UNDER SUSPICION: UNCOVERING THE WESPHAEL CASE is a new Netflix Docu-Series. This is the true-crime case about the Belgian politician Bernard Wesphael who was accused of murdering his wife in 2013. Read our full Under Suspicion: Uncovering the Wesphael Case review here!

UNDER SUSPICION: UNCOVERING THE WESPHAEL CASE is a new Netflix documentary series in the true-crime genre. It covers the 2013 murder of Véronique Pirotten. Her husband, Belgian politician Bernard Wesphael, was accused of having murdered her when she was found dead in a hotel room in Ostend.

The docu-series has 5 episodes each with a runtime of around 35 minutes, so it’s a fairly quick watch. Fair warning: There is a lot of information in various languages, so you will need to pay attention. For this reason alone, it’s a good thing that the episodes are fairly short. It is also very interesting, so it should easily keep you hooked.

Continue reading our Under Suspicion: Uncovering the Wesphael Case review below and find all episodes on Netflix now.

Who do you believe?

This is a docu-series along the lines of The Staircase. You’ll be presented with many facts but no real conclusion which leaves you with the very simple question: Who (or what facts) do I believe?

Sure, there’s a trial and some sort of closure in that sense. Also, there’s a book (which can’t help but remind me of O.J. Simpson) and lots of people giving opposing views.

Ultimately, what is very clear is the fact that Bernard Wesphael and Véronique Pirotton had an extremely dysfunctional and toxic relationship. They married just three months after getting together and she died the following year. During their marriage, she had an affair and appears to have attempted suicide more than once. Also, they both drank heavily!

Naturally, all of the events from their relatively short relationship (and even shorter marriage) play into the case of her death. Was it murder or suicide? Well, since killing yourself by way of a plastic bag over your head isn’t the easiest thing, I’m not exactly on board with that particular explanation.

Then again, that’s my interpretation of the facts presented.

Under Suspicion: Uncovering the Wesphael Case – Netflix Review

The case as told by Bernard Wesphael

The Under Suspicion: Uncovering the Wesphael Case series does naturally suffer under the circumstance that only one of the two people present, when Véronique Pirotton died, is left to tell the story. This means the accused, Bernard Wesphael, is able to tell the story exactly how he wishes.

It did irritate me a lot while watching this docu-series since I do think he gets way too much screen-time. Especially when he comes to describing his deceased wife in a lot less flattering ways. And yet, this also speaks volumes about him. Plus, we are also presented with evidence in the form of pictures, expert opinions (medical and otherwise) as well as witnesses.

Much like the Crime Scene: The Vanishing at the Cecil Hotel docu-series, the events take place at a hotel. This means two key things perfect for a documentary; Lots of surveillance footage and witnesses at the scene.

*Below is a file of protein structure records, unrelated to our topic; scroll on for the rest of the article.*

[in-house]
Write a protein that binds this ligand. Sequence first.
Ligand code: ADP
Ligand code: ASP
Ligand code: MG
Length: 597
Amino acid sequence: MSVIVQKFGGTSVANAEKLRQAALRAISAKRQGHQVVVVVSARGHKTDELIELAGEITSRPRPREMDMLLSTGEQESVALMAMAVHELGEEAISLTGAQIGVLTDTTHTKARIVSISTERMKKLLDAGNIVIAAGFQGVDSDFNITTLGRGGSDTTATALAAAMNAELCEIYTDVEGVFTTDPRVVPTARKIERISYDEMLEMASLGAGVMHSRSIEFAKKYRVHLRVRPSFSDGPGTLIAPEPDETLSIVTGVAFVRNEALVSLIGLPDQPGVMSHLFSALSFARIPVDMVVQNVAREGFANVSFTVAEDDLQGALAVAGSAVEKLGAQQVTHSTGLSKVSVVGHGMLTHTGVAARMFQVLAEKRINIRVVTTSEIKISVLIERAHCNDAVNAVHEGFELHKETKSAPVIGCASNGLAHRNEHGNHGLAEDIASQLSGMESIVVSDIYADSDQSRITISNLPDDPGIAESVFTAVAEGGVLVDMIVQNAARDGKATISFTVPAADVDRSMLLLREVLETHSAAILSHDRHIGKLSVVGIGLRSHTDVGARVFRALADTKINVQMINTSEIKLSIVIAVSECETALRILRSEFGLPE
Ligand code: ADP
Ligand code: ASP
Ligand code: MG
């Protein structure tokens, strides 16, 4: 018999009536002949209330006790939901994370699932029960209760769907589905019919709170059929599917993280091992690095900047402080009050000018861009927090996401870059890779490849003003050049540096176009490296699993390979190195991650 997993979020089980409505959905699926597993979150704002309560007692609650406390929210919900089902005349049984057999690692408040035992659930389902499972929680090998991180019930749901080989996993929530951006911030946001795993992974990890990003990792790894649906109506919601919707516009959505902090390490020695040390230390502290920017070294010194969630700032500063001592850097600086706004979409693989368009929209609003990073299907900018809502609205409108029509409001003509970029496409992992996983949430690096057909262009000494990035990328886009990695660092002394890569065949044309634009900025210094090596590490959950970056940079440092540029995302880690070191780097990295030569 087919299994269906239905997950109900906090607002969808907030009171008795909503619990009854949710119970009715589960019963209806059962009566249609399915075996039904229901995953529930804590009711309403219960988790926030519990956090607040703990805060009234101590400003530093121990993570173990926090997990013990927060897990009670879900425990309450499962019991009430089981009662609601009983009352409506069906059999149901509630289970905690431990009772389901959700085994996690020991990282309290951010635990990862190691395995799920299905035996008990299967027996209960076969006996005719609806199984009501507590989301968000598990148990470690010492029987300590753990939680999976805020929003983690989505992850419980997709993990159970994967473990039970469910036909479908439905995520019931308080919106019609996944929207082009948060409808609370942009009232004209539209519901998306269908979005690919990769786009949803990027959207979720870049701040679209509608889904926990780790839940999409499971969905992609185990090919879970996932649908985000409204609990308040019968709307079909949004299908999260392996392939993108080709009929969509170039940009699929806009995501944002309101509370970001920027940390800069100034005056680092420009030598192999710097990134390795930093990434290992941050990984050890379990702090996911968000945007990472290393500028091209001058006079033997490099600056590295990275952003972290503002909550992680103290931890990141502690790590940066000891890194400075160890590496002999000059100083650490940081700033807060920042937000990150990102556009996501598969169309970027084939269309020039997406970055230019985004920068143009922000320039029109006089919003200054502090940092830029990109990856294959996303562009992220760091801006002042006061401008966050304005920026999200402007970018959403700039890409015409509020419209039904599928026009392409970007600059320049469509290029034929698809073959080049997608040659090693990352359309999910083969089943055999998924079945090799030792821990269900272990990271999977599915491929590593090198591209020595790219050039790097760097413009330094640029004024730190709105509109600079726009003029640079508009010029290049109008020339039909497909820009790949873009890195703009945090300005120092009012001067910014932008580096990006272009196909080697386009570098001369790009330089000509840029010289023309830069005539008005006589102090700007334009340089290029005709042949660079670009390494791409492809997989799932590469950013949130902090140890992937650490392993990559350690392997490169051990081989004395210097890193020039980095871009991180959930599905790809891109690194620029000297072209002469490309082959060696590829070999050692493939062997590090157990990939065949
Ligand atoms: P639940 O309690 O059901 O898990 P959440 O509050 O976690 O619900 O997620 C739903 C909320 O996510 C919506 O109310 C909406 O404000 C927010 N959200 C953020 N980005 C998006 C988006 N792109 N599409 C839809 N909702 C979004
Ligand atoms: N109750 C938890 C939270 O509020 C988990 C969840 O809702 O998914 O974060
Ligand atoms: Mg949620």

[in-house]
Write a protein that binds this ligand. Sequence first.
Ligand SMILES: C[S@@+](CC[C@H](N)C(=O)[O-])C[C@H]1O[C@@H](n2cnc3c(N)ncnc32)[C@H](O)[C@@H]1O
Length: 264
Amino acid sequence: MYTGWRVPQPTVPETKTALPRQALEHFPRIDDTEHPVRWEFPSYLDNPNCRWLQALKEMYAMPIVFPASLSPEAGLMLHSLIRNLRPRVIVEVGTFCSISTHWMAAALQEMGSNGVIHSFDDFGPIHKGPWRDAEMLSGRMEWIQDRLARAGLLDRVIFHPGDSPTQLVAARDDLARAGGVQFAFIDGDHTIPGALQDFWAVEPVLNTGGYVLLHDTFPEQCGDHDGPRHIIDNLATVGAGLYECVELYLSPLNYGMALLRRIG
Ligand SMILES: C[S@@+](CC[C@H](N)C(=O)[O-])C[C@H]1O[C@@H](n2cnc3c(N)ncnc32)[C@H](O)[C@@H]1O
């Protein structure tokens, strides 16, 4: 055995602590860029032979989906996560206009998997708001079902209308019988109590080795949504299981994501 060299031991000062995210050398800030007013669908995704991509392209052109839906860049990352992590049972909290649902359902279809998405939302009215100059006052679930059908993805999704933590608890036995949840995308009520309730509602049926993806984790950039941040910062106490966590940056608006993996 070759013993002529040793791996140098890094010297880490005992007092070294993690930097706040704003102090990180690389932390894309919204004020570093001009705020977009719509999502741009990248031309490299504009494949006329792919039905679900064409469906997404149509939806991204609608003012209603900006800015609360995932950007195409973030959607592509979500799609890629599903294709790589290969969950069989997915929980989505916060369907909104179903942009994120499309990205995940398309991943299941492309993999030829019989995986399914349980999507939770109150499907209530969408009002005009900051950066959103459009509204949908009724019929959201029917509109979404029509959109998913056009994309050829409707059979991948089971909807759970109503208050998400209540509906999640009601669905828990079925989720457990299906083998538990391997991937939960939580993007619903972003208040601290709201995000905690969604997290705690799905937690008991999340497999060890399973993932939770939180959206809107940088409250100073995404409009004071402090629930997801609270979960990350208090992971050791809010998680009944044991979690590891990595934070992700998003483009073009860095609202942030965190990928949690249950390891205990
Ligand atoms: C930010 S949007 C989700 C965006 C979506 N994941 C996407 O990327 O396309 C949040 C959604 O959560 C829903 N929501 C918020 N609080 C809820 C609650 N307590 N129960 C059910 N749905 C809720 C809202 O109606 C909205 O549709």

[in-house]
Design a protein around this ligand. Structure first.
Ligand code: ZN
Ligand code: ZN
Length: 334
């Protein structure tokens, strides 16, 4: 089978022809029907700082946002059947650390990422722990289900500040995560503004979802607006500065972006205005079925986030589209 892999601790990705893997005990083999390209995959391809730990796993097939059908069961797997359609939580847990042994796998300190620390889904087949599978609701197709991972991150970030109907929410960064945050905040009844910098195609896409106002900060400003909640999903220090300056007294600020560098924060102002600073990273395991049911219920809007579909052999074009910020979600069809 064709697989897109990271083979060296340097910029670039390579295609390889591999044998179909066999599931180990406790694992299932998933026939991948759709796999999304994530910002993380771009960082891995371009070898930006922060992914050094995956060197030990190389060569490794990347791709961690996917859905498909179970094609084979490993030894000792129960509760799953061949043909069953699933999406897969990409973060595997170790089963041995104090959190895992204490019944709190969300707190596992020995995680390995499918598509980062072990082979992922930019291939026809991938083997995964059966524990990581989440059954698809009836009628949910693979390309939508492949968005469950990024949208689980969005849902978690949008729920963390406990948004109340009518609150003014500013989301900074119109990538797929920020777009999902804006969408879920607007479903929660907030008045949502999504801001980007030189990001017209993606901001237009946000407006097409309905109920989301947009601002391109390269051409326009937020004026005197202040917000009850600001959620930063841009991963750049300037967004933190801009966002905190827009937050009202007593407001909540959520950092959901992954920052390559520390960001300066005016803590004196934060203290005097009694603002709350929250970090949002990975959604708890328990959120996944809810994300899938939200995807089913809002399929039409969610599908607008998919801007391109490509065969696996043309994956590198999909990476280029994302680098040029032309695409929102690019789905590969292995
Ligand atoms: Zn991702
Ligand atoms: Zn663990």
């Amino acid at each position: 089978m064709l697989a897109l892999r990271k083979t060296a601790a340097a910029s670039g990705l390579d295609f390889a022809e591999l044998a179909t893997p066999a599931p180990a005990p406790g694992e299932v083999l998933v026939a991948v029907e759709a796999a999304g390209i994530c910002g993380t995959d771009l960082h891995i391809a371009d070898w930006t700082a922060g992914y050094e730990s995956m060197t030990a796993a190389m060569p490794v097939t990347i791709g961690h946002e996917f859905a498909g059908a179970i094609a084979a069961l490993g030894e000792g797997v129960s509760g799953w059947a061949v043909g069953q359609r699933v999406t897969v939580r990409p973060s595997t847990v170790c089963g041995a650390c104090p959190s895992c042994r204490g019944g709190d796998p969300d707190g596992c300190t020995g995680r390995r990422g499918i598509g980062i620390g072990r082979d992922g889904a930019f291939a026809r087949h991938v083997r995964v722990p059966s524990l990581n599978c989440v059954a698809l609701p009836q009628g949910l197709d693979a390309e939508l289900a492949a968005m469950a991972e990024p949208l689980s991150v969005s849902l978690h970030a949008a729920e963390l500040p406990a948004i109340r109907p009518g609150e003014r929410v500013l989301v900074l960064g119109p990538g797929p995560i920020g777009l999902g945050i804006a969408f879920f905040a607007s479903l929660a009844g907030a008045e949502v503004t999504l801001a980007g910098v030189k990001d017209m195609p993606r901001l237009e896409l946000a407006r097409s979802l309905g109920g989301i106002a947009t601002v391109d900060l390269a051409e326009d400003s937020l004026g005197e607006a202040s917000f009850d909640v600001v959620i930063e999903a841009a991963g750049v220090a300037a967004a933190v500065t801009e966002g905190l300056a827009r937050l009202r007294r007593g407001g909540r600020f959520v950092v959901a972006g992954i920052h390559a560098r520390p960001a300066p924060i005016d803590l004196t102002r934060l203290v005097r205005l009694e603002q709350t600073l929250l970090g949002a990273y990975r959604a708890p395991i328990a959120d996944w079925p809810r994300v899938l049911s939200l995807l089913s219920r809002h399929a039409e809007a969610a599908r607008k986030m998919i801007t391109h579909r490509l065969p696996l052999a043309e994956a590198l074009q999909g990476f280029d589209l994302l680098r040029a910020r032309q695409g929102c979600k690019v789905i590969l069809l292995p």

In the case of Véronique Pirotton’s death, the witnesses have seen her interact with her (supposedly estranged) husband, Bernard Wesphael, in the public areas. Also, they heard a lot of noises. First the very classic sounds of two people engaging in consenting sex and then something very different. Something strange and sinister that sounded off!

Also, we see them interact which both confirms history and highlights the stranger parts of it. Again, in my opinion!

Watch Under Suspicion: Uncovering the Wesphael Case on Netflix now!

With just five episodes that are all under 40 minutes in runtime, this is a quick docu-series to watch. If you enjoy true-crime documentaries, then this is certainly worth checking out.

Again, I do feel the need to warn viewers that this requires your full attention. Several languages are spoken and you’ll see newspaper clipping where you’ll want to catch what it says. The subtitles are good but there is a lot of information you need to pay attention to. Fortunately, it’s told chronologically which does help a lot.

 If you liked the French Netflix documentary series Who Killed Little Gregory (read our review here), then this one should also hold your interest. Plenty of interesting people, with lots of opinions, along with facts that could often be interpreted in more ways than one. Then again, isn’t that always the case if you spin something well enough? 

All episodes in the Under Suspicion: Uncovering the Wesphael Case series are on Netflix from March 17, 2021.


This true-crime series follows the high-profile court case of Belgian politician Bernard Wesphael, who was accused of murdering his wife in 2013.

I write reviews and recaps on Heaven of Horror. And yes, it does happen that I find myself screaming, when watching a good horror movie. I love psychological horror, survival horror and kick-ass women. Also, I have a huge soft spot for a good horror-comedy. Oh yeah, and I absolutely HATE when animals are harmed in movies, so I will immediately think less of any movie, where animals are harmed for entertainment (even if the animals are just really good actors). Fortunately, horror doesn't use this nearly as much as comedy. And people assume horror lovers are the messed up ones. Go figure!
Karina "ScreamQueen" Adelgaard
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